Tuesday, November 28, 2017

Embroidered Tulle Sewing Inspiration

Shop all our embroidered lace and tulle here!

Embroidered tulle and mesh are having A Moment right now. It's popping up on the runways, in RTW clothing, all over Pinterest and Instagram and, of course, in our store! We have several different styles and colors of this gorgeous fabric and the question we get asked most often is, but what do I sew with it?

The most dramatic choice would be a long, sweeping dress inspired by the Pre-AW17 collection of Alexander McQueen. You could have a show-stopping dress that doesn't require hours and hours of hand-embroidery (the Alexander McQueen pieces were still being finished in the minutes up to the runway show!).

There are other ways to add drama to your wardrobe if a gown doesn't fit the bill. In case you haven't heard yet, it's officially the Year of the Sleeve. I would bet that statement sleeves will still be on-trend next year too, so now is the perfect time to sew up something with the sleeves as the main attraction. 

I love this little bejeweled bee cuff peeking out of a coat from Christian Dior AW16. You could do something similar with our Queen Bee embroidered tulle!

If sweeping gowns and giant sleeves don't fit into your daily life (you're definitely not alone!), then there are still many options for sewing more casual embroidered tulle garments. Use it as a sheer section in a basic tee, sew up a quick kimono or make a simple mini dress a little more special with a sheer overlay.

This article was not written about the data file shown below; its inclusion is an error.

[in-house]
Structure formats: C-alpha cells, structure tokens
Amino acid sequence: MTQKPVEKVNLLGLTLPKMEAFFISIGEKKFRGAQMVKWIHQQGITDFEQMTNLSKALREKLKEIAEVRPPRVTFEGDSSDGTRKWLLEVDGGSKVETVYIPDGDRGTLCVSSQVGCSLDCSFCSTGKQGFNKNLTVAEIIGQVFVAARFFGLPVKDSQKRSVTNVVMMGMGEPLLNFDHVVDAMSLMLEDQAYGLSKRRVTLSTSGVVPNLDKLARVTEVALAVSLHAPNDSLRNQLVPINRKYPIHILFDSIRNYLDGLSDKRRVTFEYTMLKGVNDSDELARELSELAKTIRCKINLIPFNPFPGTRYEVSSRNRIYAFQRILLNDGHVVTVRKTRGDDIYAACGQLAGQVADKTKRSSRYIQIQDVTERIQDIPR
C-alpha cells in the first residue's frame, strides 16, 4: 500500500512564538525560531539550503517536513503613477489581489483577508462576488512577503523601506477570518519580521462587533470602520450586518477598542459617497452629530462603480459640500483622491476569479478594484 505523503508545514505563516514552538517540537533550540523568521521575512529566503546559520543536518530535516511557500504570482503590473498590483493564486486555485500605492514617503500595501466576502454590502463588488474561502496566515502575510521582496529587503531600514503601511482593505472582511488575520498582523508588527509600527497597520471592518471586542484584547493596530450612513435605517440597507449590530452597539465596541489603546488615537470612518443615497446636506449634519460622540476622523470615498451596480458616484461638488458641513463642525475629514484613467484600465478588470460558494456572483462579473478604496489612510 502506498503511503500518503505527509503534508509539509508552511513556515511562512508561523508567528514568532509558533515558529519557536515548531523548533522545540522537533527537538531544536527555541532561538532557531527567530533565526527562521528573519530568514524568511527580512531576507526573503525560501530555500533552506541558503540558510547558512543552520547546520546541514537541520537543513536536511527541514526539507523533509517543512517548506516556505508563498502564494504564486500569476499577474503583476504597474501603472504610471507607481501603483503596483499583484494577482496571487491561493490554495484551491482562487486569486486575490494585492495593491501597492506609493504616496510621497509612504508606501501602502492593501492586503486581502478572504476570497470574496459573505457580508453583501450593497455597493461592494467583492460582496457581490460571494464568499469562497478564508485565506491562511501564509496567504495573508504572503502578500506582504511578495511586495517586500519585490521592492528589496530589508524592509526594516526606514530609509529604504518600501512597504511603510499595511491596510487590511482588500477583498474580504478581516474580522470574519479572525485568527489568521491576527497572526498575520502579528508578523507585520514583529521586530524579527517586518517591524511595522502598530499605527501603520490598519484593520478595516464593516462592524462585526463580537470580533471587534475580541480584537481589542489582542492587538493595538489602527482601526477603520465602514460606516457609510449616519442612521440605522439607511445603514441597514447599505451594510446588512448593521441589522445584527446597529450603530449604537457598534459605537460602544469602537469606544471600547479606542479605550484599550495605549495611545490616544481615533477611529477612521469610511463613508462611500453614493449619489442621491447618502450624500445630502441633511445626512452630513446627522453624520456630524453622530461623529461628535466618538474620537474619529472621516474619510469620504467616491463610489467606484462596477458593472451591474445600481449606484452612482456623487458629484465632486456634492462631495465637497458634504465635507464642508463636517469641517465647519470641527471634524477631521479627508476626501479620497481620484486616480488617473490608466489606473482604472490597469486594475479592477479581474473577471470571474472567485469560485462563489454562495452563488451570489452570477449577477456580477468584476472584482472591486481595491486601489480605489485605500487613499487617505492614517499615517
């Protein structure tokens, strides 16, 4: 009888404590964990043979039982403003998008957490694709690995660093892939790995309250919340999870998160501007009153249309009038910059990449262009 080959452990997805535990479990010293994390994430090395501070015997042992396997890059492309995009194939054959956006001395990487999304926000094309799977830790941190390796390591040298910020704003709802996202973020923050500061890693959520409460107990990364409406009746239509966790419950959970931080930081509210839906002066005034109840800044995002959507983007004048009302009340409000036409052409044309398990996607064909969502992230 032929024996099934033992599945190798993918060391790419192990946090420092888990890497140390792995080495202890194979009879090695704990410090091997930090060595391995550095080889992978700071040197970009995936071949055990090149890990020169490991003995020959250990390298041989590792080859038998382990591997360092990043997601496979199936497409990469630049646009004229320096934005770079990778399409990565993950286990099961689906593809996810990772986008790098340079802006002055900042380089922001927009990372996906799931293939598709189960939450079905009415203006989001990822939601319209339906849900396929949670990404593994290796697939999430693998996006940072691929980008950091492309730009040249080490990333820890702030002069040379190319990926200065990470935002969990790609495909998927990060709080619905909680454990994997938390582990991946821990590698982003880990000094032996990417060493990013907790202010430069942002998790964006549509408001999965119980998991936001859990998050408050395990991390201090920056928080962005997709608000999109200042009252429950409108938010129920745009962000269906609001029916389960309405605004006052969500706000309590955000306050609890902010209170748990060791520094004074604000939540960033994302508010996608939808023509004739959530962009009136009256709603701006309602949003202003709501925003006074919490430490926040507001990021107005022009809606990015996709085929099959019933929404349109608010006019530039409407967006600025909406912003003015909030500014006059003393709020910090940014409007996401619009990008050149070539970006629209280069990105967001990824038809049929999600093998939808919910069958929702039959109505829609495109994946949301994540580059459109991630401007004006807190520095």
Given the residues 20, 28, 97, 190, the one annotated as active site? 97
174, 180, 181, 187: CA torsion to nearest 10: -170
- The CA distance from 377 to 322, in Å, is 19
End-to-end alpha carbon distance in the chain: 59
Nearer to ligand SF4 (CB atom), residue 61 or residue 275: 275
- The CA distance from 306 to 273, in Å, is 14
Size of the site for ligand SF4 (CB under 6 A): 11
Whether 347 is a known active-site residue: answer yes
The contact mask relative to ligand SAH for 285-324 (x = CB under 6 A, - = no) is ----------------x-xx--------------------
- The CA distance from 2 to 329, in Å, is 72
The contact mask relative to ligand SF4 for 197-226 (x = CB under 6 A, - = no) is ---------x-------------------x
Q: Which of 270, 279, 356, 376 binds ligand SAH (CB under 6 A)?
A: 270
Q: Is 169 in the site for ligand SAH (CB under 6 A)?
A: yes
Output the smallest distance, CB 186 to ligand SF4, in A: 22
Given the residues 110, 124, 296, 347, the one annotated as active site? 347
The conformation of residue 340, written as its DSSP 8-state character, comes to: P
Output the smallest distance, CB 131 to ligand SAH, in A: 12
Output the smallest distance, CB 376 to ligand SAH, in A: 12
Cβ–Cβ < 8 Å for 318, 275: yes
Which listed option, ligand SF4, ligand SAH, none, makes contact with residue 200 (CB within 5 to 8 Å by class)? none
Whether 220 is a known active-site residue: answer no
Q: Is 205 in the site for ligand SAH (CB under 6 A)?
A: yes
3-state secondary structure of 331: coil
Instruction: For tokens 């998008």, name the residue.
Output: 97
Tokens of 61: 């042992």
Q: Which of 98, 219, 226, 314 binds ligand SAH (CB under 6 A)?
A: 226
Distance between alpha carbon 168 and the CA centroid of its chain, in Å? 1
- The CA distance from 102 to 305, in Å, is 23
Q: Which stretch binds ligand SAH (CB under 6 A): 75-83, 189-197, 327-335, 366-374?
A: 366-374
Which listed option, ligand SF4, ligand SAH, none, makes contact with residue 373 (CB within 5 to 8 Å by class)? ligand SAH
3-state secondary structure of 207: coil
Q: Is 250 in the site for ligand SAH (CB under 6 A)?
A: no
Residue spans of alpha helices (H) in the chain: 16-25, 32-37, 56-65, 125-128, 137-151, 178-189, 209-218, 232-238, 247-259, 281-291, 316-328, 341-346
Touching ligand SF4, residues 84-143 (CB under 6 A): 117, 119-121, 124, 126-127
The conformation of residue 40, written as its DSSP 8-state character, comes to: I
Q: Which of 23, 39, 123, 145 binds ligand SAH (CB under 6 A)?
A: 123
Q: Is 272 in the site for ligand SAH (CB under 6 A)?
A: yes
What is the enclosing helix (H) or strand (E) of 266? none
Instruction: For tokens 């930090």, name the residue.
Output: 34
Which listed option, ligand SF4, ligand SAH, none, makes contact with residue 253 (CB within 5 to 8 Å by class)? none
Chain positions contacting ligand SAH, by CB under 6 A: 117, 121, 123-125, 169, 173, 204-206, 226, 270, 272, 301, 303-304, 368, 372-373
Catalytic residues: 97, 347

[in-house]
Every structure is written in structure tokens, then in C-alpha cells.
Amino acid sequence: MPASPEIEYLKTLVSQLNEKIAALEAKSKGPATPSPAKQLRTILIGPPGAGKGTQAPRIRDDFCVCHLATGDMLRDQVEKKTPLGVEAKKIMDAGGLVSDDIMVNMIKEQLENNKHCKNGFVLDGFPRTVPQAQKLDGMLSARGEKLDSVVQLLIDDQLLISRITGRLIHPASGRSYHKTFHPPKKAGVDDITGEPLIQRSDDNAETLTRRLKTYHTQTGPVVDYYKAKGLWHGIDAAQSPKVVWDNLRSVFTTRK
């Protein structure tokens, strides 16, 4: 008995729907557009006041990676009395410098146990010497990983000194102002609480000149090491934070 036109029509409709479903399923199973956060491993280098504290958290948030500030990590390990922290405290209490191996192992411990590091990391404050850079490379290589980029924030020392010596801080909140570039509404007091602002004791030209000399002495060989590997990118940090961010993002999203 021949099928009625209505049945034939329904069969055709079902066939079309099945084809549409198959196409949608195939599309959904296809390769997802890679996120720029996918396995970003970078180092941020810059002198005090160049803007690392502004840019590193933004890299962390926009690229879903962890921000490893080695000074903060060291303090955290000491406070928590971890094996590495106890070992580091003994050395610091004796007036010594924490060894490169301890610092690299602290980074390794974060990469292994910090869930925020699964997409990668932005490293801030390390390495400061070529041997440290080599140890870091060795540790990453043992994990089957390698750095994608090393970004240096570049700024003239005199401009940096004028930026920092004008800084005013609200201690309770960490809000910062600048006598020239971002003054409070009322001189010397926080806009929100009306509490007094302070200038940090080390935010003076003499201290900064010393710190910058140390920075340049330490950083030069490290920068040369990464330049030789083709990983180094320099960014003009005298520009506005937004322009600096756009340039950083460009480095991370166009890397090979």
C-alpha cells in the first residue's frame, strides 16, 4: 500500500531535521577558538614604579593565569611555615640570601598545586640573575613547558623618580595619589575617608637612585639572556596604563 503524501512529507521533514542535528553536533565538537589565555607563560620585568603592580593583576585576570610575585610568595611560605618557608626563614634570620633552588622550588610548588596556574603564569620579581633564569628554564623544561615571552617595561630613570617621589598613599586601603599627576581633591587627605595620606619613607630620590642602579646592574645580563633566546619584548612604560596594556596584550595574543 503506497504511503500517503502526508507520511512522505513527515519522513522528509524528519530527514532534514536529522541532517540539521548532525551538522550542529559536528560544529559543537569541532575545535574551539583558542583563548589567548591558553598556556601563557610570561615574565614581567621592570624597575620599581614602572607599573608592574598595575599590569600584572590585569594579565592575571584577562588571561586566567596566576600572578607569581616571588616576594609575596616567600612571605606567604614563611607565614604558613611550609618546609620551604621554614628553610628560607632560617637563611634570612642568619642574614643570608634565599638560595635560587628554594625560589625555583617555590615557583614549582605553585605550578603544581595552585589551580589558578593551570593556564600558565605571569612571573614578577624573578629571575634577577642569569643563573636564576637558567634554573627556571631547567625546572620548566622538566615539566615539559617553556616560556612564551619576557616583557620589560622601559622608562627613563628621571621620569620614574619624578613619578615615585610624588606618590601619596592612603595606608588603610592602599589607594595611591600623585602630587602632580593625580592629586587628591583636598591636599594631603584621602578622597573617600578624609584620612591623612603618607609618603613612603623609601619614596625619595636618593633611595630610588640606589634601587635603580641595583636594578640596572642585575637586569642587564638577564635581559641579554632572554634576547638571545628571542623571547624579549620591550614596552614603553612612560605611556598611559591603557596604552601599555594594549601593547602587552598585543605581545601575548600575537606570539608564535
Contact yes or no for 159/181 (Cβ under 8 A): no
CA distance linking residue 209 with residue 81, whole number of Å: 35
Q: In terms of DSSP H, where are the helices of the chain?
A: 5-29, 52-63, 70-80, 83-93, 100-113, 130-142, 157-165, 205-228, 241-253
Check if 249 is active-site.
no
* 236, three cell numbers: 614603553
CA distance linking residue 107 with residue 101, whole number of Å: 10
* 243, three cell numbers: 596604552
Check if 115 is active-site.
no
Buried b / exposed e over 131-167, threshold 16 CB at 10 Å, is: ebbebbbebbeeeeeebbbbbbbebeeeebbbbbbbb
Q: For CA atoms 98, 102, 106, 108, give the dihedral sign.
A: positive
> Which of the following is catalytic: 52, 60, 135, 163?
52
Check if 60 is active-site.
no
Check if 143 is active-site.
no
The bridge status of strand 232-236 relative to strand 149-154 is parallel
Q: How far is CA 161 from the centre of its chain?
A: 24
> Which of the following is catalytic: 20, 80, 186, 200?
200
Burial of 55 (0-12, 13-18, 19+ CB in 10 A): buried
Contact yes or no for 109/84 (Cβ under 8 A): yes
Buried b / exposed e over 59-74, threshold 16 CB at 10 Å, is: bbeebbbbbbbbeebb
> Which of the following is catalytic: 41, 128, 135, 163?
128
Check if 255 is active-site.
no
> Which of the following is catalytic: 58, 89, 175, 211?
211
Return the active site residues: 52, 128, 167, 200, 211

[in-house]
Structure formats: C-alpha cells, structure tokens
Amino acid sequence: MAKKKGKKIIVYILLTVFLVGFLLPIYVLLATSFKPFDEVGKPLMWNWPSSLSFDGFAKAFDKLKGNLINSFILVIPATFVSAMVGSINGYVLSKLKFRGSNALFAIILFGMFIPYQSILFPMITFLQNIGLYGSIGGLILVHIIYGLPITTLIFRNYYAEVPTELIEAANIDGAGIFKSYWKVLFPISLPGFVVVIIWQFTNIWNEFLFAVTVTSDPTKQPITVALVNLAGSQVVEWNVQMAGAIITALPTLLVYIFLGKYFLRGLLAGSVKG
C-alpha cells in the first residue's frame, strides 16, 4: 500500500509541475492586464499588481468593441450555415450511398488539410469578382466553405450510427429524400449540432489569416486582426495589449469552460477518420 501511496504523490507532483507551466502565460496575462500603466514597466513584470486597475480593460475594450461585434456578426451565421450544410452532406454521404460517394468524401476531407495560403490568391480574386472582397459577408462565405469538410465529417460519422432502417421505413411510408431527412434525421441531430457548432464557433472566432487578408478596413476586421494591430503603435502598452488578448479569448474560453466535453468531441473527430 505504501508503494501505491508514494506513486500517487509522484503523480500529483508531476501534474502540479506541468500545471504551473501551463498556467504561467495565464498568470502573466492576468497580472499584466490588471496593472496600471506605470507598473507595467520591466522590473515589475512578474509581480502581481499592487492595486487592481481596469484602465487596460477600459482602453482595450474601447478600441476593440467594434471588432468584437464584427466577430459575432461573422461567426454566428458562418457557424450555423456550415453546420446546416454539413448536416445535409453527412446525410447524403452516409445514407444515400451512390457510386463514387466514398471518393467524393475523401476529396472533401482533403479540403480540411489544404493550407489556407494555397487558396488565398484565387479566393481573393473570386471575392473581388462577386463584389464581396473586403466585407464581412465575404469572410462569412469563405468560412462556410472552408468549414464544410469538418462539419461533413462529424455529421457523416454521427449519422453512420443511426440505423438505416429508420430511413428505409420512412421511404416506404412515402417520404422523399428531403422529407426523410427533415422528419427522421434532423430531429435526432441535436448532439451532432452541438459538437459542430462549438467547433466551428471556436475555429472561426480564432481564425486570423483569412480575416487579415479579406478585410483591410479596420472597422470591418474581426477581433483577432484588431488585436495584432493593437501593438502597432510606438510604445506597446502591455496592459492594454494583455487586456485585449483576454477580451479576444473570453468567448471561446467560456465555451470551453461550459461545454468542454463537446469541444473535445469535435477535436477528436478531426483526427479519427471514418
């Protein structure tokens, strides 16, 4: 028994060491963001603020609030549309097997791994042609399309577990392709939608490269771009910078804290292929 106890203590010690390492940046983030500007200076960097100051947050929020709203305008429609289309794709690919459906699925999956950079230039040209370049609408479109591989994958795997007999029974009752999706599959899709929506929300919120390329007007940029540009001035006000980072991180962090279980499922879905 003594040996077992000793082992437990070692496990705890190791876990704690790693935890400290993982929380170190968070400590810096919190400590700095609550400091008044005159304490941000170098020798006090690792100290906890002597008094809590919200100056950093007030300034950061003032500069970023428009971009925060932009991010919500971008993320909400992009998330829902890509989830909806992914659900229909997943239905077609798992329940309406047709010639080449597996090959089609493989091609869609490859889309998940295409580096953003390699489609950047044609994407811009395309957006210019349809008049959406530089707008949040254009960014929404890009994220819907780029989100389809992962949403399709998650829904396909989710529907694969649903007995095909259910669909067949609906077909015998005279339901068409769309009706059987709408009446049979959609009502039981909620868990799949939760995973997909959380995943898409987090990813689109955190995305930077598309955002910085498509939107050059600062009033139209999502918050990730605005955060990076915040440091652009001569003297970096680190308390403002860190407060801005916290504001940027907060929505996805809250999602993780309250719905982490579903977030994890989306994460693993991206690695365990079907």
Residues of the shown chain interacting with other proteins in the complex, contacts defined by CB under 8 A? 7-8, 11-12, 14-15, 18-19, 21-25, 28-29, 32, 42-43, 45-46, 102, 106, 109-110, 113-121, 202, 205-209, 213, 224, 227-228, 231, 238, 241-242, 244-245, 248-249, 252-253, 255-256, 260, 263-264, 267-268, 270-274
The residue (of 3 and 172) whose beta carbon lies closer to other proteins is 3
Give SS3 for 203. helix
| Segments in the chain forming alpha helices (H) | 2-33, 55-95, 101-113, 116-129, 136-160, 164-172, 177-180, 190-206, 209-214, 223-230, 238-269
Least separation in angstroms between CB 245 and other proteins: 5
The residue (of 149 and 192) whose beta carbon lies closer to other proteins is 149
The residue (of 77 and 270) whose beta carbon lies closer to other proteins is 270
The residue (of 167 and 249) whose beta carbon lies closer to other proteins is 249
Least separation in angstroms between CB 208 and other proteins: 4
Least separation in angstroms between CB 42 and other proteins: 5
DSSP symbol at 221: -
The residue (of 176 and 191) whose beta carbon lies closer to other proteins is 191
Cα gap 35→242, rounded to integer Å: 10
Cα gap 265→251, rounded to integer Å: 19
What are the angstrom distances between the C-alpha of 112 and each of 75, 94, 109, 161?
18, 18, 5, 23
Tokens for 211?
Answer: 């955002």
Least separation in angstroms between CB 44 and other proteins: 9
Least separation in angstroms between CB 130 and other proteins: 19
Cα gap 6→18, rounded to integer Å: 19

And if you're sewing for little ones, then Violette Field Threads has the perfect special-occasion dress for girls. She made several of the samples for her new Blithe pattern in our Climbing Vines embroidered tulle and they look simply beautiful. I love the delicate tulip sleeves and that high-low skirt overlay!

This pattern is currently only available in PDF, but you can purchase it from Violette Field Threads here.

Still don't know where to start? 

Here are some patterns that would work well with any of our embroidered tulle fabrics. You could make the full garment from the tulle, like the Scout Tee and Kielo Dress, or use it as a sheer section or overlay in patterns like the Belladone Dress, Ruby Top and the children's patterns.

Deer and Doe Patterns Belladone Dress
Grainline Studio Scout Tee

Named Clothing Kielo Dress

Papercut Patterns Kochi Kimono
Papercut Patterns Mito Cami/Dress

Made By Rae Ruby Top and Dress

Oliver + S Pinwheel Tunic and Slip Dress

Violette Field Threads Chloe Dress

What do you think of the embroidered tulle trend? Is it something you would incorporate into your everyday wear or use only for special occasion garments?

Personally, I would love to see someone make some wild pants like these ones designed by Adam Selman! Who's up for the challenge?